James Proimos’s The Best Bike Ride Ever has utterly adorable art by Johanna Wright but I’m not really sure what the POINT of the story is. However, I don’t think it matters.
Loooove the photos/characters combo in Diane Kredensor’s Ollie & Moon: Fuhgeddaboudit! You know, like Knuffle Bunny. Knuffle Bunnyyyyyy. But the story’s like, “Eh.” Are you trying to get the KID to laugh? Because there are better books for that. (I forget the title of the one that’s in the back of my head that I really like. But there are.)
Mario Makes a Move by Jill McElmurry is…an okay book about a squirrel. Acting out the moves would be fun, but I’m actually not crazy about the book. The art’s okay too. Wow, sorry. I’m so good with words, yes?
Brave: One Perfect Day by Steve Purcell and Matt Nolte: a perfect example of how to do the movie tie-in. 1) It doesn’t use the animation from the movie. It’s painted, and beautiful. It allows the child to see the characters in another way. 2) The story does not retell the plot. It’s not a sequel or a prequel. It’s a lovely picture book that allows the child to discover Merida’s personality. I’m really sad I haven’t seen Brave yet. But such is my life right now.
Nikki McClure’s Apple is a red-on-black-and-white one-word-a-page story about the life and times of an apple. I am enchanted by the starkness of the pictures and the bright of the red, but not so much the actual art of it. I feel like–okay, you’re putting people on the page, but they are allowed no warmth, because all the color’s on the apple. There’s information on the life cycle of apples and composting at the end.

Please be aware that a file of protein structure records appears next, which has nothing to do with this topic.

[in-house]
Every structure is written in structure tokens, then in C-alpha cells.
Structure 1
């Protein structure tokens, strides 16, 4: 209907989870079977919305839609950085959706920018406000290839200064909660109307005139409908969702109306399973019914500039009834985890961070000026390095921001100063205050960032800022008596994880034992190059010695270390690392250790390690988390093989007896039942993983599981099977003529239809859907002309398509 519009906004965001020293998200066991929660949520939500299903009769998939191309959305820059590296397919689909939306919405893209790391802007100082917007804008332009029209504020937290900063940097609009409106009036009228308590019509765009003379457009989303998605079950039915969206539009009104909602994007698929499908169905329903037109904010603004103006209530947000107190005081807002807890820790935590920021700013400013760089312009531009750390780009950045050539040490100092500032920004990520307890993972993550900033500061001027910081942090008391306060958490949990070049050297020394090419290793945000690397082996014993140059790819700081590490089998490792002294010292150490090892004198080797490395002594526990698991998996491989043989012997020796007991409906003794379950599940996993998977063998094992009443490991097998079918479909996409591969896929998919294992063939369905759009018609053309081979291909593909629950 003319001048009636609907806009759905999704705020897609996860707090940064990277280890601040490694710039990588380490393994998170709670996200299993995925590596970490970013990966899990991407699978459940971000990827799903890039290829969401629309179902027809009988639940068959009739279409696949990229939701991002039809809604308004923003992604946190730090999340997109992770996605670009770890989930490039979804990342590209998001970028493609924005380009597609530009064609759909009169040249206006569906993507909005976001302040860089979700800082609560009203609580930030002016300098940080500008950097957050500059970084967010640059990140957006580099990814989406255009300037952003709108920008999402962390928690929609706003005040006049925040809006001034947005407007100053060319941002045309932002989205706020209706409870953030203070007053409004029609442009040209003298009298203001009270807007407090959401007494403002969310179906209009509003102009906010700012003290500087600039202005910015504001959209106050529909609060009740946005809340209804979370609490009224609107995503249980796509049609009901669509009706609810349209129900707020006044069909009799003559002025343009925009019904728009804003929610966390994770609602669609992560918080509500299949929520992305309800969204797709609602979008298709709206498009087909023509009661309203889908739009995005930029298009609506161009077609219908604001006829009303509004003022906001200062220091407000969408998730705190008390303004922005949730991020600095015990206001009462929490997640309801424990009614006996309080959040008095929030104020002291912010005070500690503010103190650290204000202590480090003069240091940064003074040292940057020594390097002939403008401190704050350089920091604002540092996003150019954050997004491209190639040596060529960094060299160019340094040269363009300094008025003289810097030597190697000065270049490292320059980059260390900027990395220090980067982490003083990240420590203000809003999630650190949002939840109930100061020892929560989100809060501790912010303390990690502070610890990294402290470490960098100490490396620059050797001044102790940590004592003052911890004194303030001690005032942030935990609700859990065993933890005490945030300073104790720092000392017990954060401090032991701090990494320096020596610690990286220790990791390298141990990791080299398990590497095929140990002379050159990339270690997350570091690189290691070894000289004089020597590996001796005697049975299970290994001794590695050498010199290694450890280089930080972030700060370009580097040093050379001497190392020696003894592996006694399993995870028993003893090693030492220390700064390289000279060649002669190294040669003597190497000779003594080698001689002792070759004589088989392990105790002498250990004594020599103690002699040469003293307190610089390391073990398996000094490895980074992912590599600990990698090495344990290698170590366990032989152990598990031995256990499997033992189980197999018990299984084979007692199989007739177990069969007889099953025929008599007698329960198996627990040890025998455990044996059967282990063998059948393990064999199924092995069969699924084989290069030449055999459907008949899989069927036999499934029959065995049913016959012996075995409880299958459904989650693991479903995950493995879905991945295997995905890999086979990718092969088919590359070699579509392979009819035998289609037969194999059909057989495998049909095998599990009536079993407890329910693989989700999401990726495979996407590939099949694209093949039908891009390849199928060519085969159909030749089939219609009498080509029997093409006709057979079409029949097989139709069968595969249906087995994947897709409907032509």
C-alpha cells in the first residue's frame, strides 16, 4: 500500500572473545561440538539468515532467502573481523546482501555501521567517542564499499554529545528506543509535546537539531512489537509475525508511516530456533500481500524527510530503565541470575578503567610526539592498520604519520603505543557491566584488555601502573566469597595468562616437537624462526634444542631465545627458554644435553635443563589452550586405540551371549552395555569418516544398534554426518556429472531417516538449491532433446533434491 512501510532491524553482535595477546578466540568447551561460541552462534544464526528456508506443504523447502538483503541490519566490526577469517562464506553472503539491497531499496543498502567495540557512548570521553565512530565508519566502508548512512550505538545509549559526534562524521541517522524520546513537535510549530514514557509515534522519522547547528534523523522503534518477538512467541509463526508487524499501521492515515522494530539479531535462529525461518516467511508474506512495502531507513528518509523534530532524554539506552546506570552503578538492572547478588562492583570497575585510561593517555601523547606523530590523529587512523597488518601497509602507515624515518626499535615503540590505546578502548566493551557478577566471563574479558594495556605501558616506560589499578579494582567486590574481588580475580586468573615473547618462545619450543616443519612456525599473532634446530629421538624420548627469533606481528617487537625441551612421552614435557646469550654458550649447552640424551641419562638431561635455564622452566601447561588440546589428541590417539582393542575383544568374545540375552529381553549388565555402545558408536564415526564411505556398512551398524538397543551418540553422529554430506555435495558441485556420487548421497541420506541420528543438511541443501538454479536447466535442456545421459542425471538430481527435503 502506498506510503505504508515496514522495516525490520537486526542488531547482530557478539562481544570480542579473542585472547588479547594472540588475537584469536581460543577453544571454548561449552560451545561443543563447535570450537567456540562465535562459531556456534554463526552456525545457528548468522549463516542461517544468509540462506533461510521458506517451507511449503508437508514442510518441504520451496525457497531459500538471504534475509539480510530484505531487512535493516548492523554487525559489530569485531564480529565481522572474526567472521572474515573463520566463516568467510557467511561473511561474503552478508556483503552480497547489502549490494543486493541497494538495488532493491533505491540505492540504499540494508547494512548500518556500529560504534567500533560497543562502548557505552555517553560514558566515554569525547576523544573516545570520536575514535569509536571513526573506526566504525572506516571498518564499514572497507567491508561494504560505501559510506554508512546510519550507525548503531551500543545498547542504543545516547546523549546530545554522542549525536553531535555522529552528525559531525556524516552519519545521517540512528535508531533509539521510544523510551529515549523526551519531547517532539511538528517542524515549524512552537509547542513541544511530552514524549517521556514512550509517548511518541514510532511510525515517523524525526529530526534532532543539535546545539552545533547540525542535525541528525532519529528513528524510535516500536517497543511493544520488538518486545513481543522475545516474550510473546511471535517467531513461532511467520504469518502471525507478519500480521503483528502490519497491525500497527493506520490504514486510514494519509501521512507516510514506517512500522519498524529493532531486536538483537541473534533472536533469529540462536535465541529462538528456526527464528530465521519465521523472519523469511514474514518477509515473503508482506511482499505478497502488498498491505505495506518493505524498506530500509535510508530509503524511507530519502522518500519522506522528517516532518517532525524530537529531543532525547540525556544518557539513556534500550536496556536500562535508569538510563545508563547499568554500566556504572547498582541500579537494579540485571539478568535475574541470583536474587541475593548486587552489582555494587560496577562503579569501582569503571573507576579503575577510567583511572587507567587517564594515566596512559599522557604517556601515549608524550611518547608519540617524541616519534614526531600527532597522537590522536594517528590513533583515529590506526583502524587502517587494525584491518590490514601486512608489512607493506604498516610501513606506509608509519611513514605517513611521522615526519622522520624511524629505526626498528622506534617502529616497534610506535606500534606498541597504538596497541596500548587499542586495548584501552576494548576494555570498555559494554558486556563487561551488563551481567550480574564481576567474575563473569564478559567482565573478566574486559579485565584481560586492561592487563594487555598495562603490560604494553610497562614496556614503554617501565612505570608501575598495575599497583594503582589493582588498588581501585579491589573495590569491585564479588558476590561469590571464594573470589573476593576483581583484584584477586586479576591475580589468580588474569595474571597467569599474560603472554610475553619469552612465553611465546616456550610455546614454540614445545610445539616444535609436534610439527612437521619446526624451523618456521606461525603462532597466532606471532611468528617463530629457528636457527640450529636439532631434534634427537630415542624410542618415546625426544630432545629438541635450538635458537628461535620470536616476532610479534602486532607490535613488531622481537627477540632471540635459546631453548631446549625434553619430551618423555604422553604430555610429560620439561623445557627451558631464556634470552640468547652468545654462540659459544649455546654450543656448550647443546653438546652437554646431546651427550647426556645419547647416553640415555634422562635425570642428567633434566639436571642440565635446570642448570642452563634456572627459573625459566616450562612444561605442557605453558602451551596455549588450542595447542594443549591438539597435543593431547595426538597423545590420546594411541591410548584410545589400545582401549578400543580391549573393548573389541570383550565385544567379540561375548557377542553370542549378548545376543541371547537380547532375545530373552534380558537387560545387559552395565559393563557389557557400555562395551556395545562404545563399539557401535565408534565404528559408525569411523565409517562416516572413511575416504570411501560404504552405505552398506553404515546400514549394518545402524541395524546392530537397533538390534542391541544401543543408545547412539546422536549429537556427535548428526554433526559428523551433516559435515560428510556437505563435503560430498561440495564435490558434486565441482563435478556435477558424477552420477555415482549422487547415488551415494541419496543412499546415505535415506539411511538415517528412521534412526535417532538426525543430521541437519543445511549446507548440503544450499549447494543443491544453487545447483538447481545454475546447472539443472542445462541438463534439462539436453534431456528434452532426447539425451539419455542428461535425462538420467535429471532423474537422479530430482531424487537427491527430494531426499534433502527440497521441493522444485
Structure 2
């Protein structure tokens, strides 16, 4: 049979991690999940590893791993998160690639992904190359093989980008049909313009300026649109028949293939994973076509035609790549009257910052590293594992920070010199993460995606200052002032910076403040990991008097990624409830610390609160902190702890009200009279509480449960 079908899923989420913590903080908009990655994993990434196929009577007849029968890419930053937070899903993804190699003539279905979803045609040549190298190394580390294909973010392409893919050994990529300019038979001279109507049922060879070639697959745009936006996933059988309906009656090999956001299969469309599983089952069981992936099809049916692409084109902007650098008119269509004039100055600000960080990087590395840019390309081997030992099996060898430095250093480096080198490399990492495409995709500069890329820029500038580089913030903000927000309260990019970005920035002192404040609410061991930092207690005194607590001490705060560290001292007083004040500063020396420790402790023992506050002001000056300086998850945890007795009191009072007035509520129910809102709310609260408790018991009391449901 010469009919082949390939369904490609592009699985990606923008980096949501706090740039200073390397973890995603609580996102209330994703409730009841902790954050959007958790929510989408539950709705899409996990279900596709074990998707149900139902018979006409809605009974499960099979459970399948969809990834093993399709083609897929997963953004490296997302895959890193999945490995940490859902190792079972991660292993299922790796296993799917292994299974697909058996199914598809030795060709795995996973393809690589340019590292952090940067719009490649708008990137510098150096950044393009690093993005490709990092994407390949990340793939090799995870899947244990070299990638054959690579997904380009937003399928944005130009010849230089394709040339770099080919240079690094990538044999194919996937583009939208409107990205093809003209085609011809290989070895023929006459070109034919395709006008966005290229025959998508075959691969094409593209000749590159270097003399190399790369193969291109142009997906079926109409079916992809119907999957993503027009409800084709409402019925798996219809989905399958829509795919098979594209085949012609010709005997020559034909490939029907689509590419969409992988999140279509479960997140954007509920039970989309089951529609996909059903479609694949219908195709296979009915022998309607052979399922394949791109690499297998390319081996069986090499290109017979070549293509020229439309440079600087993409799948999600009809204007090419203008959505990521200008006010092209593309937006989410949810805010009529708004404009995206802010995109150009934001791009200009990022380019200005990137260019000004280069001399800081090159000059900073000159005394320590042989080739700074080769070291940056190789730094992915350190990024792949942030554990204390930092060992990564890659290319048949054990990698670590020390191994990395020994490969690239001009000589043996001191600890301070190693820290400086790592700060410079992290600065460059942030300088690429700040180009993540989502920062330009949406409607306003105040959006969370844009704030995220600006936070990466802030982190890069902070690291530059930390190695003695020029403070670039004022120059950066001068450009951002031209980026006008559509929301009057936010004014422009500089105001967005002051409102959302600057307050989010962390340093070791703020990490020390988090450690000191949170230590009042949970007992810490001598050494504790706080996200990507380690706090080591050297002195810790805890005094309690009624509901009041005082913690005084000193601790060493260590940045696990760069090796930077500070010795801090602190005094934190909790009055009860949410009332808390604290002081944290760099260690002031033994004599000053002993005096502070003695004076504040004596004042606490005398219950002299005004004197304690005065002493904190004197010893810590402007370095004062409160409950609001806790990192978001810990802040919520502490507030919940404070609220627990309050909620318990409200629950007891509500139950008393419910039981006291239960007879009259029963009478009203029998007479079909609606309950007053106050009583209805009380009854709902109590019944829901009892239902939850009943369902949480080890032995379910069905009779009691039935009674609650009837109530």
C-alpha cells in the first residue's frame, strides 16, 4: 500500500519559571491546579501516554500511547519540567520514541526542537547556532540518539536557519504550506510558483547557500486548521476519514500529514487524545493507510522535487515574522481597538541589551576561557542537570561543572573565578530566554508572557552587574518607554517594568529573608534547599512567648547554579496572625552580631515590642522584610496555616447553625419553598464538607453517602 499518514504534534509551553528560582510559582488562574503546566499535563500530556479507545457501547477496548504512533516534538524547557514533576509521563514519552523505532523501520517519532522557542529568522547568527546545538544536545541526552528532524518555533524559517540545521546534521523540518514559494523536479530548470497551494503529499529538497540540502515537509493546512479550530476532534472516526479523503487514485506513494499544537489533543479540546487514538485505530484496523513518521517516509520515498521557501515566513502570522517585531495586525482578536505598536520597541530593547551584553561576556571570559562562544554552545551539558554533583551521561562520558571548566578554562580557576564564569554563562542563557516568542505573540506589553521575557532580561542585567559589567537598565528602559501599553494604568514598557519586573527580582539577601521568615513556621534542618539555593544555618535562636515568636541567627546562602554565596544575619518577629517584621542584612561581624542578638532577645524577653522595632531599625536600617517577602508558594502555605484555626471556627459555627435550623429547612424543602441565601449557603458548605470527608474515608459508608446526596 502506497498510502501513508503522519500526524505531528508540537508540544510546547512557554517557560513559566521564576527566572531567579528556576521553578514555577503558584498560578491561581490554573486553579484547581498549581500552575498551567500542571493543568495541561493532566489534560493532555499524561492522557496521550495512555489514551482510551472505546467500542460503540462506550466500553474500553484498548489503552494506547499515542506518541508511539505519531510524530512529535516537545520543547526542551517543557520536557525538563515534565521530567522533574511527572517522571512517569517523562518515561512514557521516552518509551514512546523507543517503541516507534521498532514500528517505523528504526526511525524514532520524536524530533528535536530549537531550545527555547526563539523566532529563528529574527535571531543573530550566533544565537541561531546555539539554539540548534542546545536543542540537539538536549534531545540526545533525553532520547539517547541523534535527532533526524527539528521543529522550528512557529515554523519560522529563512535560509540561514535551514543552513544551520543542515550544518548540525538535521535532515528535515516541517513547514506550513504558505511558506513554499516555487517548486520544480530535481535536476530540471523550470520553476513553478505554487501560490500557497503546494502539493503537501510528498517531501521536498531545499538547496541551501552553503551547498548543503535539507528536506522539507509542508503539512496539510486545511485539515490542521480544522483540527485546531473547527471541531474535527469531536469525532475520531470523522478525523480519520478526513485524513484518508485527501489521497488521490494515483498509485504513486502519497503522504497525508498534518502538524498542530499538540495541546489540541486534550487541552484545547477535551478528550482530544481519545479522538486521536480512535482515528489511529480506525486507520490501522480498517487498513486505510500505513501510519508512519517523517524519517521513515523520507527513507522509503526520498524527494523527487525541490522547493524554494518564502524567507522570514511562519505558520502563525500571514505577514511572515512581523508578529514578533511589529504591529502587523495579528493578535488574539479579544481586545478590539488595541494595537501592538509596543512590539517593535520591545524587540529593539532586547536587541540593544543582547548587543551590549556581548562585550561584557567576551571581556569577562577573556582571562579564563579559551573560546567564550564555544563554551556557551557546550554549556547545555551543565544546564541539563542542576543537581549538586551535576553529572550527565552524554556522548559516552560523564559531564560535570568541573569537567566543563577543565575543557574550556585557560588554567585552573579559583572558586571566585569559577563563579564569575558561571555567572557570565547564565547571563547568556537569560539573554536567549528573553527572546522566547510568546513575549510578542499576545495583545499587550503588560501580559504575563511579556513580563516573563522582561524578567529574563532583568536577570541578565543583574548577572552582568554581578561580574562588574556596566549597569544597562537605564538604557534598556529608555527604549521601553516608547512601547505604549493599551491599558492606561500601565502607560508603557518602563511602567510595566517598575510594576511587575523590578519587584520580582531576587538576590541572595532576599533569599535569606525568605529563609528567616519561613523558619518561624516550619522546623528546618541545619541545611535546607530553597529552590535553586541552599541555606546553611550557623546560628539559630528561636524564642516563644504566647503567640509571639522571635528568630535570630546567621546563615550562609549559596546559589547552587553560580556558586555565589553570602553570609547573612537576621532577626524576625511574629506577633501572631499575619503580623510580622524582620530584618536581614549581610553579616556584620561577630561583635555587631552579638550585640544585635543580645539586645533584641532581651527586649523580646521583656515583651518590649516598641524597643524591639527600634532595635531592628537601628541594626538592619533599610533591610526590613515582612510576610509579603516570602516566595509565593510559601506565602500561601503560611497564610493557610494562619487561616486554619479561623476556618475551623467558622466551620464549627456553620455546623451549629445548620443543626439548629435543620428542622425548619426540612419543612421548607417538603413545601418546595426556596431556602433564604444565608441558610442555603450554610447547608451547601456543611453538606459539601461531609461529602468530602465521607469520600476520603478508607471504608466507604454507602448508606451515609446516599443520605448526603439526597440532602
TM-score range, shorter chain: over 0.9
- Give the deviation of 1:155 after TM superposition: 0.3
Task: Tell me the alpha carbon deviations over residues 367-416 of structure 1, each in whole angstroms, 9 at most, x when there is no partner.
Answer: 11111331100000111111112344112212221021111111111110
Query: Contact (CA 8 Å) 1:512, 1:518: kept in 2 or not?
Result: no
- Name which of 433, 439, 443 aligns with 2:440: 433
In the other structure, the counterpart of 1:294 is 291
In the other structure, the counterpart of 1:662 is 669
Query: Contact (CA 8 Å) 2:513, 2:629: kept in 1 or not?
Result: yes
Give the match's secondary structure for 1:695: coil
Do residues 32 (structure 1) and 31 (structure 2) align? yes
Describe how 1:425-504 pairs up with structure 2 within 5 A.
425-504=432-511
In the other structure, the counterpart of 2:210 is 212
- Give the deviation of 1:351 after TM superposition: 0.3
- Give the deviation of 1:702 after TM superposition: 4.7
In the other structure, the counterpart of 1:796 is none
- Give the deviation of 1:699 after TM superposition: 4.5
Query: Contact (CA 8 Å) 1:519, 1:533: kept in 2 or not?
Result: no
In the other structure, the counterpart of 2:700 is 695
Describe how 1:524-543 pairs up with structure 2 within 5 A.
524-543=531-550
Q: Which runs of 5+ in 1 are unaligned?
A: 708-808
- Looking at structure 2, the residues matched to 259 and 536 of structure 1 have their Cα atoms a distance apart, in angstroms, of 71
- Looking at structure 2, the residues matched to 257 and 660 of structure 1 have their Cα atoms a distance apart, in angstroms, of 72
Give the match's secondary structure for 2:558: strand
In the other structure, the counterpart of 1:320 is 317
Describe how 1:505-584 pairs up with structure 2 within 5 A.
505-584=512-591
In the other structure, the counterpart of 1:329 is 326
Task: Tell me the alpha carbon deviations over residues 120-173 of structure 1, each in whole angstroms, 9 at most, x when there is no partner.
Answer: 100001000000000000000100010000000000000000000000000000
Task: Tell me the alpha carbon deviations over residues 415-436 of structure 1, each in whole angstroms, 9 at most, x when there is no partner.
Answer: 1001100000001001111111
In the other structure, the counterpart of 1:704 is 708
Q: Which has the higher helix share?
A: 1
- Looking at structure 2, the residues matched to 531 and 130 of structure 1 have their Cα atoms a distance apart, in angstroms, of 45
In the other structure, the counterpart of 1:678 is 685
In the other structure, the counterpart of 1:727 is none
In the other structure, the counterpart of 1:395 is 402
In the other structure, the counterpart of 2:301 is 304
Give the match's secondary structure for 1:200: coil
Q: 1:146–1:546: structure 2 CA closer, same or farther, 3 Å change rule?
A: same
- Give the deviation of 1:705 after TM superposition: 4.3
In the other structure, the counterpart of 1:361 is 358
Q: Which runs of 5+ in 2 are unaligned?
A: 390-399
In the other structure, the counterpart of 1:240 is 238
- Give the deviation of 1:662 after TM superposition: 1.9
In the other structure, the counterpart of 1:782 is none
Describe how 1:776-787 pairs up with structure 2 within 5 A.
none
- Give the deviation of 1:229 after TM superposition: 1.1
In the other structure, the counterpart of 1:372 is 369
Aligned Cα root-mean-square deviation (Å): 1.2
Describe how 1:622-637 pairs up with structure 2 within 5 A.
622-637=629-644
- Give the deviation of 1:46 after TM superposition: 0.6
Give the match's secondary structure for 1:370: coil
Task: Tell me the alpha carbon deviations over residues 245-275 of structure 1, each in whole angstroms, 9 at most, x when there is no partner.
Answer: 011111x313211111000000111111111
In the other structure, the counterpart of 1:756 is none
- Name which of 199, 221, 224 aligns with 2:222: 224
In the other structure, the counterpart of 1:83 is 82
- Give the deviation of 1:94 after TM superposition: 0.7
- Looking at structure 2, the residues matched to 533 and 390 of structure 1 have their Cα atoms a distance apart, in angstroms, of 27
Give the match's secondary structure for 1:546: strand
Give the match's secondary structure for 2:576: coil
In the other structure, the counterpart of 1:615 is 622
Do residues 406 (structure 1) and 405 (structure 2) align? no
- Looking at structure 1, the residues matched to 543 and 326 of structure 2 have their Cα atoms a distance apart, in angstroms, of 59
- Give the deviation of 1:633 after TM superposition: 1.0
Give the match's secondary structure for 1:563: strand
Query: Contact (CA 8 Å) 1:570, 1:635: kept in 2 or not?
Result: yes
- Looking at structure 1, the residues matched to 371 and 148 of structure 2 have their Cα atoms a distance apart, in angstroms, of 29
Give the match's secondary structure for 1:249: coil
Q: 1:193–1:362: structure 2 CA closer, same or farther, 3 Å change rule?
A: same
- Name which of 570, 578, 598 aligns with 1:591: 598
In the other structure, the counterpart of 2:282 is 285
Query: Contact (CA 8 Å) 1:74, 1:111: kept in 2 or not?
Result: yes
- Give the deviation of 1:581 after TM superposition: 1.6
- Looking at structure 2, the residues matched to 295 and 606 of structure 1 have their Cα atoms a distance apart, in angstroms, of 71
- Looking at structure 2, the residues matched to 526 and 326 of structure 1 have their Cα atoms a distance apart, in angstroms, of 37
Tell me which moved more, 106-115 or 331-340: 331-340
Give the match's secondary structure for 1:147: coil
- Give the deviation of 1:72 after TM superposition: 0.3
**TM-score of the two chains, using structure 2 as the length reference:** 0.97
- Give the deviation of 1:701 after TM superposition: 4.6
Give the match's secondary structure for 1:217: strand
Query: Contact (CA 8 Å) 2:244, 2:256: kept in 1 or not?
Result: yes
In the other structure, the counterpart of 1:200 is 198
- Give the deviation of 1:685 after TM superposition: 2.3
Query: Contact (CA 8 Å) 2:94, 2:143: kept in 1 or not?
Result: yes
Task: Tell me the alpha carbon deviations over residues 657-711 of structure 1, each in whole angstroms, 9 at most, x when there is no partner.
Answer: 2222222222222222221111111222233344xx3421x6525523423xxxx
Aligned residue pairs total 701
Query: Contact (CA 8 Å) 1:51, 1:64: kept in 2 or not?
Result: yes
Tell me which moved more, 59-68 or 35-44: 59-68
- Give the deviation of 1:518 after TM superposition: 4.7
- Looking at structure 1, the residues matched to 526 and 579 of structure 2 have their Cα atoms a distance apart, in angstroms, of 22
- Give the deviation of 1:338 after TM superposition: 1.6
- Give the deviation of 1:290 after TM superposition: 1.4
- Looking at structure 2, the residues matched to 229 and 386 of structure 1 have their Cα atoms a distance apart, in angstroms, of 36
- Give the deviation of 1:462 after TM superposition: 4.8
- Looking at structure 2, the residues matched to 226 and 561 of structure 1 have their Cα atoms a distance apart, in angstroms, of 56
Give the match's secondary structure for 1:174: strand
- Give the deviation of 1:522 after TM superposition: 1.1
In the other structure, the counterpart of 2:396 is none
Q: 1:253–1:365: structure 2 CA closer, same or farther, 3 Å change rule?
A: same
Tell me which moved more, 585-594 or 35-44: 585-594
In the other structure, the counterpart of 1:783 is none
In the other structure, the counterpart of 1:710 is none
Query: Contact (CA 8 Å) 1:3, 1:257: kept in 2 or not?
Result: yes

Jill Biden’s Don’t Forget, God Bless Our Troops is probably a little too close to home right now. My husband recently joined the military and a patron’s son is already being told he’s going to deploy right after training, so this may be my future. Except the moving. That’s not something we’re doing right now. But my daughter’s older and, I think, a little more settled in who she is and what needs to be done. This book follows Biden’s granddaughter (and, in part, grandson) through a deployment. Great advice at the end of things you can say and do to help families with deployed soldiers. More outstanding art from Raul Colon.